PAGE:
Khidr in the Qur’an – Why do the pronouns change?

September 5, 2008

Asalamu alaykum,

When Khidr [as] explains to Musa [as] why he did what he did, the pronouns that he uses keep on changing.

أَمَّا السَّفِينَةُ فَكَانَتْ لِمَسَاكِينَ يَعْمَلُونَ فِي الْبَحْرِ فَأَرَدتُّ أَنْ أَعِيبَهَا وَكَانَ وَرَاءهُم مَّلِكٌ يَأْخُذُ كُلَّ سَفِينَةٍ غَصْبًا {79} وَأَمَّا الْغُلَامُ فَكَانَ أَبَوَاهُ مُؤْمِنَيْنِ فَخَشِينَا أَن يُرْهِقَهُمَا طُغْيَانًا وَكُفْرًا {80}فَأَرَدْنَا أَن يُبْدِلَهُمَا رَبُّهُمَا خَيْرًا مِّنْهُ زَكَاةً وَأَقْرَبَ رُحْمًا {81}وَأَمَّا الْجِدَارُ فَكَانَ لِغُلَامَيْنِ يَتِيمَيْنِ فِي الْمَدِينَةِ وَكَانَ تَحْتَهُ كَنزٌ لَّهُمَا وَكَانَ أَبُوهُمَا صَالِحًا فَأَرَادَ رَبُّكَ أَنْ يَبْلُغَا أَشُدَّهُمَا وَيَسْتَخْرِجَا كَنزَهُمَا رَحْمَةً مِّن رَّبِّكَ وَمَا فَعَلْتُهُ عَنْ أَمْرِي ذَلِكَ تَأْوِيلُ مَا لَمْ تَسْطِع عَّلَيْهِ صَبْرًا {82}

[18:79] As for the boat, it belonged to (some) poor men who worked on the river and I wished that I should damage it, and there was behind them a king who seized every boat by force.
[18:80] And as for the boy, his parents were believers and we feared lest he should make disobedience and ingratitude to come upon them:
[18:81] So we desired that their Lord might give them in his place one better than him in purity and nearer to having compassion.
[18:82] And as for the wall, it belonged to two orphan boys in the city, and there was beneath it a treasure belonging to them, and their father was a righteous man; so your Lord desired that they should attain their maturity and take out their treasure, a mercy from your Lord, and I did not do it of my own accord. This is the significance of that with which you could not have patience.

So in the first incident it’s ‘I‘, in the second it’s ‘We’ and the third it’s ‘Your Lord’, eventhough in each case it was Khidr who did it.

The following explanation is taken from The Kernels of Kernels by Allamah Tabataba’i :
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Some sages among the gnostics, throughout their lives, would not utter the words “I” and “we” and would say instead, for instance, “This servant came” and “This servant left,” while some, in describing their actions, would ascribe that which was beautiful and good and which derived from the Divine Essence to Him, and attribute to themselves that which related to themselves as such, the Sacred Divine Being being absolved of its taints. And in cases where something could be related to themselves as well as to God they would say “we.” They based this practice on the episode of Hadrat Khidr and Musa, may Peace be upon them, where Khidr says:

أَمَّا السَّفِينَةُ فَكَانَتْ لِمَسَاكِينَ يَعْمَلُونَ فِي الْبَحْرِ فَأَرَدتُّ أَنْ أَعِيبَهَا

As for the ship, it belonged to certain poor men, who toiled upon the sea; and I desired to damage it, (18:79)

because the inflicting of damage may not be attributed to the Divine Essence, and, accordingly, he ascribes it to himself by making the statement in the first person singular. However, as the killing [of the lad] could be ascribed to Hadrat Khidr and to God, he describes it in the first person plural.

.وَأَمَّا الْغُلَامُ فَكَانَ أَبَوَاهُ مُؤْمِنَيْنِ فَخَشِينَا أَن يُرْهِقَهُمَا طُغْيَانًا وَكُفْرًا فَأَرَدْنَا أَن يُبْدِلَهُمَا رَبُّهُمَا خَيْرًا مِّنْهُ زَكَاةً وَأَقْرَبَ رُحْمًا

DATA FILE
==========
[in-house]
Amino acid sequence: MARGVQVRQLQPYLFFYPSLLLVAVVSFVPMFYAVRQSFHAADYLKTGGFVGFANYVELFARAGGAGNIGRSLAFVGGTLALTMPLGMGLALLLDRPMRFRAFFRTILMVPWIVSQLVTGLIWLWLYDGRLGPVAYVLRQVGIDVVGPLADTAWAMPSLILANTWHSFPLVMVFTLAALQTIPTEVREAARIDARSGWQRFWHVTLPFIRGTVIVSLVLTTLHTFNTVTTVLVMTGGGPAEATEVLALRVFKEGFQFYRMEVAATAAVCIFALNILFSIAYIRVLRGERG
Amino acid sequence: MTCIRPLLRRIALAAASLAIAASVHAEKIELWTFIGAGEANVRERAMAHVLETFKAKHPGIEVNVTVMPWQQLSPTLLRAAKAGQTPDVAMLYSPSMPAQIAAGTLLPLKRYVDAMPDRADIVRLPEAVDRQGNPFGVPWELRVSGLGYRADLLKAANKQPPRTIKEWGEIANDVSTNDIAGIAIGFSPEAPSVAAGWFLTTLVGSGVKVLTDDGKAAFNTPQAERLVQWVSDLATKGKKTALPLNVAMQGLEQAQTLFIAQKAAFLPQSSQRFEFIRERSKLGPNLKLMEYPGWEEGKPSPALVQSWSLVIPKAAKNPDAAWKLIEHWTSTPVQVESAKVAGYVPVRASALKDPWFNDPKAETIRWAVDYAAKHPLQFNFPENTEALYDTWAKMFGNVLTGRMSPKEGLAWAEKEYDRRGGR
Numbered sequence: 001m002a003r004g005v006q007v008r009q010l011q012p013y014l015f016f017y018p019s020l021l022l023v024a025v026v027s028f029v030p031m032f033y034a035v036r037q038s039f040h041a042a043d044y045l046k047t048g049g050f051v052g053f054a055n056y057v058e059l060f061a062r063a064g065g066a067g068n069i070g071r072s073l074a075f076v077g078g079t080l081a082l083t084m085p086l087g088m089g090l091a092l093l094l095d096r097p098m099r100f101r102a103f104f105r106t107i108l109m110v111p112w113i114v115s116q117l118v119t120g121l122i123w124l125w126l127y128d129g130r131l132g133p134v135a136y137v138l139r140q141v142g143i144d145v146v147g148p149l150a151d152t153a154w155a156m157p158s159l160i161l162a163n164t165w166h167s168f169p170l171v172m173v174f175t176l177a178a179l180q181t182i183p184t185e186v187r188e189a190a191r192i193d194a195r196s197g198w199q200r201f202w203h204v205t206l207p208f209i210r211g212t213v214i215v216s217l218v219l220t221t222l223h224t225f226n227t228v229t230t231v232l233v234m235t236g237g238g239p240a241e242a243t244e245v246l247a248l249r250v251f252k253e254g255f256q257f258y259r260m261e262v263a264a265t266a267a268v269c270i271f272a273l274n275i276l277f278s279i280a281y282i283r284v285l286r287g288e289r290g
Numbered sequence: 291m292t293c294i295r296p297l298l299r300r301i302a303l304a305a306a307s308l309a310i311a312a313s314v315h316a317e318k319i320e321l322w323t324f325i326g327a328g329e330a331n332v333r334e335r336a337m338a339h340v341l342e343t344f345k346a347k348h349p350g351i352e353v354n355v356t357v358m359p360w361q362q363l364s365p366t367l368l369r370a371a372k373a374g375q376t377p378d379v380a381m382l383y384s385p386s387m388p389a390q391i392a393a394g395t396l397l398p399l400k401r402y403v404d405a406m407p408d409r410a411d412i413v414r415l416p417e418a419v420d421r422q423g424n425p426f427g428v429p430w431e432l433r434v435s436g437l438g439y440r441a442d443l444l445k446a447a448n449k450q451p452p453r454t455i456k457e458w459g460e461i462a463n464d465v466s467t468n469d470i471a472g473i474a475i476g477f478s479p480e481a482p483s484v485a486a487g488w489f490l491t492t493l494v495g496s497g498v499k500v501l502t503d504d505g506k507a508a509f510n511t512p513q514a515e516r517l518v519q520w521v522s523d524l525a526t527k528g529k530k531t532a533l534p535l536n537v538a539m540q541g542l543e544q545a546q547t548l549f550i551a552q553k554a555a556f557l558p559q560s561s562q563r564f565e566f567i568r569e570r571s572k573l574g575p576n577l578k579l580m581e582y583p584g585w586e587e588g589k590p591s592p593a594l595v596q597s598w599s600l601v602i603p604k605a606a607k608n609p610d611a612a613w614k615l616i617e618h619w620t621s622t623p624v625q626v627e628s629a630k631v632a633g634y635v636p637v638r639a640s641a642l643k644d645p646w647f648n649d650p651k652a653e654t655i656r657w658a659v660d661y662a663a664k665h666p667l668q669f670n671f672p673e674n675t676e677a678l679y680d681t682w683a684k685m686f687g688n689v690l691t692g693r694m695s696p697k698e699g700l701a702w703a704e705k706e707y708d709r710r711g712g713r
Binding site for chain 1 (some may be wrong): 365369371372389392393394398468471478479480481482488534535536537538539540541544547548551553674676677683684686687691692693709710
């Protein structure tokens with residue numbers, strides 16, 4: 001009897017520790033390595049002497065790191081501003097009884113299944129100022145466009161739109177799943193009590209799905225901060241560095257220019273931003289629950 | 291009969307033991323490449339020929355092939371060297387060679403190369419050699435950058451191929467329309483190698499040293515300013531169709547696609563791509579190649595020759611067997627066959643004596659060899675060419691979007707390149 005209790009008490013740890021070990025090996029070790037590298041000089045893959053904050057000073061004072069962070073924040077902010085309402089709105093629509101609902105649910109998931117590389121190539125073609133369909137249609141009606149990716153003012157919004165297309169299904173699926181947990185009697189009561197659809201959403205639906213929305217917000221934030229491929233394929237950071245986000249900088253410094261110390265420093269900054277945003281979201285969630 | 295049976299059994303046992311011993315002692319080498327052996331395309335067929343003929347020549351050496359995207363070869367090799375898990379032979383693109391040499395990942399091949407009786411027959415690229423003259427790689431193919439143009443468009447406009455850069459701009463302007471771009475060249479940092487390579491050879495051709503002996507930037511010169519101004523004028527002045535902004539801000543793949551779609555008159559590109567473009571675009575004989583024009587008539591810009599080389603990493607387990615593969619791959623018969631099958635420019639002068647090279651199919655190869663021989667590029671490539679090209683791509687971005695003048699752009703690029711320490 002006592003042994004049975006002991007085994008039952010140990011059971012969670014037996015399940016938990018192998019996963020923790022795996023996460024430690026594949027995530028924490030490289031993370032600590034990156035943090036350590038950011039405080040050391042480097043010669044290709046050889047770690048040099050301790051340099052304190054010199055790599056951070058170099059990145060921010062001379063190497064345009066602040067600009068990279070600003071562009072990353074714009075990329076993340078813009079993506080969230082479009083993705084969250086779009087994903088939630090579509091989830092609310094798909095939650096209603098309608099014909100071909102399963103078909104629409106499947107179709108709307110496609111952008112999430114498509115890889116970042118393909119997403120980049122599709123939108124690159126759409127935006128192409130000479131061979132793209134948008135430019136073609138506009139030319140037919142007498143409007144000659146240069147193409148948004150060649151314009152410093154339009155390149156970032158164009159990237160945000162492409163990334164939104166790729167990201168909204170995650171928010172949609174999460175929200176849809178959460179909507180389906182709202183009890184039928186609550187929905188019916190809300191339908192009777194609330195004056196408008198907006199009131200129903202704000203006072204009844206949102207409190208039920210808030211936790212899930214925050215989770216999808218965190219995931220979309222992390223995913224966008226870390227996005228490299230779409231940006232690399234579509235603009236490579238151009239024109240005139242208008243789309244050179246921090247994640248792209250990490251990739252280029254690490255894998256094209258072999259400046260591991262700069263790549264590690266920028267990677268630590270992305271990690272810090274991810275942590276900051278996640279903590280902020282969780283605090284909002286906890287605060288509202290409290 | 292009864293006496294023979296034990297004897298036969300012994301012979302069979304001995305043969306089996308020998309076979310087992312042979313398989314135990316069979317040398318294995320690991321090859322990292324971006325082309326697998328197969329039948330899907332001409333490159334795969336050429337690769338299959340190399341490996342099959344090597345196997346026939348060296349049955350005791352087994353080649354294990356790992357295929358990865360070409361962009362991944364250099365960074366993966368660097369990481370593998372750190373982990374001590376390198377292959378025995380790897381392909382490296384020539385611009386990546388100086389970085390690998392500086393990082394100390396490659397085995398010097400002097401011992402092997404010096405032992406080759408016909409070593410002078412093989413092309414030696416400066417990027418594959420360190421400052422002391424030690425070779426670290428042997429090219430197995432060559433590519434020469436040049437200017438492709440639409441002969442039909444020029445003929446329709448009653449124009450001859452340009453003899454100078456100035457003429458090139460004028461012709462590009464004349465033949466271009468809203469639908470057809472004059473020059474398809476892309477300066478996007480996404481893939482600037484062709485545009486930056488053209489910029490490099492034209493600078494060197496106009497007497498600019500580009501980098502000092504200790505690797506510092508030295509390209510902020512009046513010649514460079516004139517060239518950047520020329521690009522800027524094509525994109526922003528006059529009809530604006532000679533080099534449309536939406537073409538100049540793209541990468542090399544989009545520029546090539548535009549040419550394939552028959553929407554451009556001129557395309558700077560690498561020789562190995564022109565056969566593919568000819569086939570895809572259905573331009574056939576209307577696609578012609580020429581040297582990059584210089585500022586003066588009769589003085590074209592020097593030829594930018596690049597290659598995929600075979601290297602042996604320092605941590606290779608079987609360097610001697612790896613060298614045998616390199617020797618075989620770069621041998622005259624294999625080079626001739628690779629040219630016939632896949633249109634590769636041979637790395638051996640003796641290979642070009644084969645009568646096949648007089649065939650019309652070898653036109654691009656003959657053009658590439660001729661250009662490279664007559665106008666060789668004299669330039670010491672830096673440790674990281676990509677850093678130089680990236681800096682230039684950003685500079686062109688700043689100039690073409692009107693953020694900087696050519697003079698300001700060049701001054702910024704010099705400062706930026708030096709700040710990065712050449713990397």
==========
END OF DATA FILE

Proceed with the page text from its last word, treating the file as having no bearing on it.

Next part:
As for the lad, his parents were believers; and we were afraid he would inflict on them insolence arid unbelief, so we desired that their Lord should give to them in exchange one better than he in purity, and nearer in tenderness. (18:80‑81)

As the concern for welfare and the will to grant benefit and excellence derives, from the Divine Essence, it is attributed to the Sustainer

.وَأَمَّا الْجِدَارُ فَكَانَ لِغُلَامَيْنِ يَتِيمَيْنِ فِي الْمَدِينَةِ وَكَانَ تَحْتَهُ كَنزٌ لَّهُمَا وَكَانَ أَبُوهُمَا
صَالِحًا فَأَرَادَ رَبُّكَ أَنْ يَبْلُغَا أَشُدَّهُمَا وَيَسْتَخْرِجَا كَنزَهُمَا رَحْمَةً مِّن رَّبِّك

As for the wall, it belonged to two orphan lads in the city, and under it was a treasure belonging to them. Their father was a righteous man; and thy Lord desired that they should come of age and then bring forth their treasure, as a mercy from your Lord.. . (18:82)

The same manner of speech can be observed in the words of Hadrat Ibrahim (`a) when he said:

الَّذِي خَلَقَنِي فَهُوَ يَهْدِينِ وَالَّذِي هُوَ يُطْعِمُنِي وَيَسْقِينِ وَإِذَا مَرِضْتُ فَهُوَ يَشْفِينِ

…Who created me and Himself guides me; who Himself gives me to eat and drink, and, whenever I am sick heals me. (26:78‑80)

Here he attributes sickness to himself and its healing to God. Attainment to the station of Islam‑e azam and riddance from the soul’s egoism, which sets the stage for Satan to make appearances, must take place with Divide succour. Hajj Imam‑Qulli Nakhjawani was the teacher in the ma`arif of marhum Aqa Sayyid Husayn Aqa Qadi, the father of marhum Aqa Hajj Mirza ‘Ali Aqa Qadi, may God be pleased with theirs, and he was traversing the stages of perfection in ethics and Divine teachings tinder the tutelage of marhum Aqa Sayyid Quraysh Qazwini, may God be pleased with him.

He says: “After I reached old age and decrepitude I saw Satan as the two of us stood at the top of a mountain. Putting my hand on my beard I said to him, `I have reached old age and become decrepit. Spare me, if it is possible.’ Satan said to me, `Look over this side.’ When’ I looked, I saw a very deep ravine. It was a dizzying sight and I was seized with an intense fright and terror. Satan said, `I don’t have any mercy or compassion in my heart. Should I get my hands on you, your place will be at the bottom of this pit that you see!'” Read the rest of this entry »

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